As Joe himself confessed to me, he did not just do this because the kids needed him. He did it because he needed those kids. And somehow, Beau sensed that -– how understandably and deeply hurt his family and his father was. And so, rather than use his childhood trauma as justification for a life of self-pity or self-centeredness, that very young boy made a very grown-up decision: He would live a life of meaning. He would live a life for others. He would ask God for broader shoulders.

The full version is here.


Bieber is new Michigan AFL-CIO chief. Ron, not Justin.

As you may know, Karla Swift stepped down as president of the Michigan AFL-CIO after four years. Taking her place is Ron Bieber, a longtime UAW leader.

Ron Bieber is a third-generation UAW member, and the son of former UAW President Owen Bieber. Prior to serving as CAP Director, Bieber served as Assistant Director of the UAW’s General Motors Department. Bieber joined UAW Local 730 at age 18, after hiring into General Motors Metal Fabricating plant in Wyoming, Michigan. He currently lives in Warren with his wife, Patti.

I can't say I know too much about Ron, although I've seen him at MDP events. Hs father is still quite involved in political and labor activities on the west side of the state, as is his brother.


To Serve and Protect: Nickelback 'wanted' by Australian police

This is wonderful.

"Police are on the lookout for these men who are believed to be impersonating musicians," the force said in a Facebook post on Wednesday, which includes a rough drawing of the suspects.

As it turns out, the Queensland police have a history of detesting Nickelback. In December 2014, they stated they would destroy a Nickelback CD received as a Secret Santa gift.

God bless our police for all they do.


Nine reasons Proposal 1 went down in flames

Some people would vote against a tax increase even to save their lives. But as I explained yesterday, most voters - even in Republican-leaning areas - do understand the need for taxes.

So what doomed Proposal 1? A number of factors:

People just don't trust Lansing politicians. The people who put this on the ballot are not trusted. People are naturally going to be suspicious of anything politicians in Lansing support.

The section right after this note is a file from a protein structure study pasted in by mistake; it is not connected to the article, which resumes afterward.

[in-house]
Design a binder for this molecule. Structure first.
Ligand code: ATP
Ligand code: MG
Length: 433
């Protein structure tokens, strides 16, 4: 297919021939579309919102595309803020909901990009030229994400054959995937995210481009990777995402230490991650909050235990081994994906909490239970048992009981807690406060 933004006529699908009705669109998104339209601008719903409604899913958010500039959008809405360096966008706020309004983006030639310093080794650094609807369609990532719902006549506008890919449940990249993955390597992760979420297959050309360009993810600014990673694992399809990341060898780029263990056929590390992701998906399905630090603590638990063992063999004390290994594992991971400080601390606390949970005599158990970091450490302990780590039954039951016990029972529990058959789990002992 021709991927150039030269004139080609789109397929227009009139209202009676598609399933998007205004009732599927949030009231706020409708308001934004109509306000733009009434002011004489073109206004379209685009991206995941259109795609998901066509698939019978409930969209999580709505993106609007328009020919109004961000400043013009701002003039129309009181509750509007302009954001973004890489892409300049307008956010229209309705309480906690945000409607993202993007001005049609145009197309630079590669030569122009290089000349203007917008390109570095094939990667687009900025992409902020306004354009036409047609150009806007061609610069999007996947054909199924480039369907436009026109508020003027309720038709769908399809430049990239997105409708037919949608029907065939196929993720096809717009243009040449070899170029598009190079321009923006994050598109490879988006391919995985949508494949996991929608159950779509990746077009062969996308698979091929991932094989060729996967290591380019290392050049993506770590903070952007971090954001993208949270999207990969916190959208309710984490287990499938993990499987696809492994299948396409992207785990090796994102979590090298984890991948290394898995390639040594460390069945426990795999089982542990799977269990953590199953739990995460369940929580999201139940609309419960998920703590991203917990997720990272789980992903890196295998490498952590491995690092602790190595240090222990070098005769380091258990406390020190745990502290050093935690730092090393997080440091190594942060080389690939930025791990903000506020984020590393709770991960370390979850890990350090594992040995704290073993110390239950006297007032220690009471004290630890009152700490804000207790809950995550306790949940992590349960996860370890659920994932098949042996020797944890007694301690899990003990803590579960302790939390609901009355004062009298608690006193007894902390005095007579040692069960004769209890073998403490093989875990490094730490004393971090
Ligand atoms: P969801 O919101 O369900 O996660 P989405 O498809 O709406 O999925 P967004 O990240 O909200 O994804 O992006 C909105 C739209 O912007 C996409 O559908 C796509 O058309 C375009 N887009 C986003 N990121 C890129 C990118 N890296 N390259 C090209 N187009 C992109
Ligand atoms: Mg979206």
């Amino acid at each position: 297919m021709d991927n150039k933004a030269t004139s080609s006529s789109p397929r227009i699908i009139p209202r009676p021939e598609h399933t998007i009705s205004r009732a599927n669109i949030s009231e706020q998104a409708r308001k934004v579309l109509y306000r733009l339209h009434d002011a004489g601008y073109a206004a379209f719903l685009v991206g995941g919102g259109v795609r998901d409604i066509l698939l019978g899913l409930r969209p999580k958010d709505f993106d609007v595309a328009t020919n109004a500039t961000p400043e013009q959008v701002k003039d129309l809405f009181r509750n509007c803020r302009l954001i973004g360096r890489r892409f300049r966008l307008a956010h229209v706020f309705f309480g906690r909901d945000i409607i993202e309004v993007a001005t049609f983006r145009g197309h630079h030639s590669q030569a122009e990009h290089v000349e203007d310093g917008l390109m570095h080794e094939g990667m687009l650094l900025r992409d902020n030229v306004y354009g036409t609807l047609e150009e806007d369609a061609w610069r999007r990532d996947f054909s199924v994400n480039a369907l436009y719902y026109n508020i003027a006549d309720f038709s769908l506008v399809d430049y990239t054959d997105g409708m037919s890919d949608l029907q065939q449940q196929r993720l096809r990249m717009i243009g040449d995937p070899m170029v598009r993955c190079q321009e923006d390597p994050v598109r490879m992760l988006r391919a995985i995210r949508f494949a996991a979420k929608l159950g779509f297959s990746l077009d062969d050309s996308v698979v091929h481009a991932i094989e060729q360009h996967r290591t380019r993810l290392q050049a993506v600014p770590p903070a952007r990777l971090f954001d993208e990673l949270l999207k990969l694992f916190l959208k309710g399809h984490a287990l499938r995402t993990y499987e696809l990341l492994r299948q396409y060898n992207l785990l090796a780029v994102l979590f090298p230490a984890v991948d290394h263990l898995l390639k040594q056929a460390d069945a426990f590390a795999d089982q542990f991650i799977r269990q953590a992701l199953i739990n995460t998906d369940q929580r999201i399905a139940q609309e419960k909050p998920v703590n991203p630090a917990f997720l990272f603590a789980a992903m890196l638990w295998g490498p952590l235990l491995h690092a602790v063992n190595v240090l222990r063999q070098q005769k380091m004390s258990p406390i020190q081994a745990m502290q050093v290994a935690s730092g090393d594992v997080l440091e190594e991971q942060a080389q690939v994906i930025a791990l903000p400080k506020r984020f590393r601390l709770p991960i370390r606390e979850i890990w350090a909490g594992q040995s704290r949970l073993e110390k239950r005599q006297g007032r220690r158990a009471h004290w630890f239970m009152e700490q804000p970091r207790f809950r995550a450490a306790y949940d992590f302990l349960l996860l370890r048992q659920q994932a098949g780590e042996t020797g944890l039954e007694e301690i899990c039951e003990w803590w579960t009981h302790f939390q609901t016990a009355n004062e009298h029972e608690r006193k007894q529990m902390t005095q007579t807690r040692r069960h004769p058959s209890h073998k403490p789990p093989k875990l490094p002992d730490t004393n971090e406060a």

Lawmakers didn't listen to voters. As I'll discuss later, the disconnect between lawmakers in Lansing and ordinary people across the state is bigger than ever. Lawmakers did not consider their constituents when putting together this proposal - in part because many of them haven't taken the time to understand their constituents' needs.

Folks want the rich to pay more. Many people would've been fine with the proposal had Lansing not shifted the tax burden away from corporations and onto individuals over the past four years.

It was a sales tax hike, not an income tax hike. Many people who voted against it did so out of concern about the regressive nature of the sales tax. Because poor people spend a higher share of their income on sales-taxable items, a higher share of their income is also paid to the state via the sales tax.

The legislature didn't do its job. This was a common frustration among pretty much everybody. It made supporters reluctant to vote Yes. For many opponents, it's what clinched their No vote. There were even quite a few people who didn't vote at all because of this. Lawmakers are paid $80,000 per year to tackle tough challenges - why didn't they do that?

It couldn't be explained easily. I know we all wish 30-second sound bites weren't the norm in our politics, but...

Voters didn't see what was in it for them. If you want someone to vote a certain way, you need them to (1) have a reason to go vote and (2) have a reason to vote the way you want them to vote.

It's not enough. $1.2 billion would have stopped the bleeding - but it wouldn't have done much to reverse the long-term problem of poor investment in our roads.

The anti-Prop 1 folks were much more energized. Whatever message people wanted to send, they were ready to send it - and they came out in force. Proponents of the proposal, on the other hand? Even many supporters 'held their nose,' the proposal was bad - but that the alternative would be worse. People who have to hold their nose to vote for something will hardly ever do much to persuade other people to vote.

Despite people's objections to Proposal 1, some things are clear: Voters do not trust the Republican-led government. They oppose cutting education and health in order to fund roads. They support funding our schools and communities. And they are willing to pay taxes - if they feel they're getting a fair shake.


Voters OK with taxes, but not with Lansing

The Tea Party is already trying to spin Proposal 1's defeat as either (1) the voters sending sending lawmakers an anti-tax message or (2) the result of confusion from the addition of such things as Earned Income Tax Credit and education funding.

They're wrong.

Many things combined to doom Proposal 1, but as voters in Michigan have repeatedly shown, they're okay with paying taxes - if they know what they're getting.

Michigan Has Raised the Sales Tax Before

It was just 21 years ago - the same year as the "Republican revolution" of 1994 - that Michigan voters voted overwhelmingly to raise the sales tax from 4% to 6%. That proposal, like this year's Proposal 1, had a lot of complex parts, including provisions relating to taxable value of homes.